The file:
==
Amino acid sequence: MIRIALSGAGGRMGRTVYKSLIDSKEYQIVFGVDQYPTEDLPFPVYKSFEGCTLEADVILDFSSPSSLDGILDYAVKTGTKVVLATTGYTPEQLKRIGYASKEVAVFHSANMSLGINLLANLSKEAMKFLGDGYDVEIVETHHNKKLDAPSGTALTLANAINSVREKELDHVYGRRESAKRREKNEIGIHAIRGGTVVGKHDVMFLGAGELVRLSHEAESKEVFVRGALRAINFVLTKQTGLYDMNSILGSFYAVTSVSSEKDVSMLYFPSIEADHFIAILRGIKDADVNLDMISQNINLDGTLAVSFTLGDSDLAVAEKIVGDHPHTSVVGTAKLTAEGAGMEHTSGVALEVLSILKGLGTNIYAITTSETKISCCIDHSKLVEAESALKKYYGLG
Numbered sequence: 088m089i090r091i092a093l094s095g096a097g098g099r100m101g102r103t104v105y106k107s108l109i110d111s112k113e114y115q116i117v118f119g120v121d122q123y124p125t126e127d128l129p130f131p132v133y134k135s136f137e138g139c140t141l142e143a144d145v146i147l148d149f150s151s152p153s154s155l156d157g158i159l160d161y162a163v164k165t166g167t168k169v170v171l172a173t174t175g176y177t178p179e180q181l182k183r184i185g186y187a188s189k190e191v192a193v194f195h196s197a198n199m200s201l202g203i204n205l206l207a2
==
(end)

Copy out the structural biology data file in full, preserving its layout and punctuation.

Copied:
Amino acid sequence: MIRIALSGAGGRMGRTVYKSLIDSKEYQIVFGVDQYPTEDLPFPVYKSFEGCTLEADVILDFSSPSSLDGILDYAVKTGTKVVLATTGYTPEQLKRIGYASKEVAVFHSANMSLGINLLANLSKEAMKFLGDGYDVEIVETHHNKKLDAPSGTALTLANAINSVREKELDHVYGRRESAKRREKNEIGIHAIRGGTVVGKHDVMFLGAGELVRLSHEAESKEVFVRGALRAINFVLTKQTGLYDMNSILGSFYAVTSVSSEKDVSMLYFPSIEADHFIAILRGIKDADVNLDMISQNINLDGTLAVSFTLGDSDLAVAEKIVGDHPHTSVVGTAKLTAEGAGMEHTSGVALEVLSILKGLGTNIYAITTSETKISCCIDHSKLVEAESALKKYYGLG
Numbered sequence: 088m089i090r091i092a093l094s095g096a097g098g099r100m101g102r103t104v105y106k107s108l109i110d111s112k113e114y115q116i117v118f119g120v121d122q123y124p125t126e127d128l129p130f131p132v133y134k135s136f137e138g139c140t141l142e143a144d145v146i147l148d149f150s151s152p153s154s155l156d157g158i159l160d161y162a163v164k165t166g167t168k169v170v171l172a173t174t175g176y177t178p179e180q181l182k183r184i185g186y187a188s189k190e191v192a193v194f195h196s197a198n199m200s201l202g203i204n205l206l207a2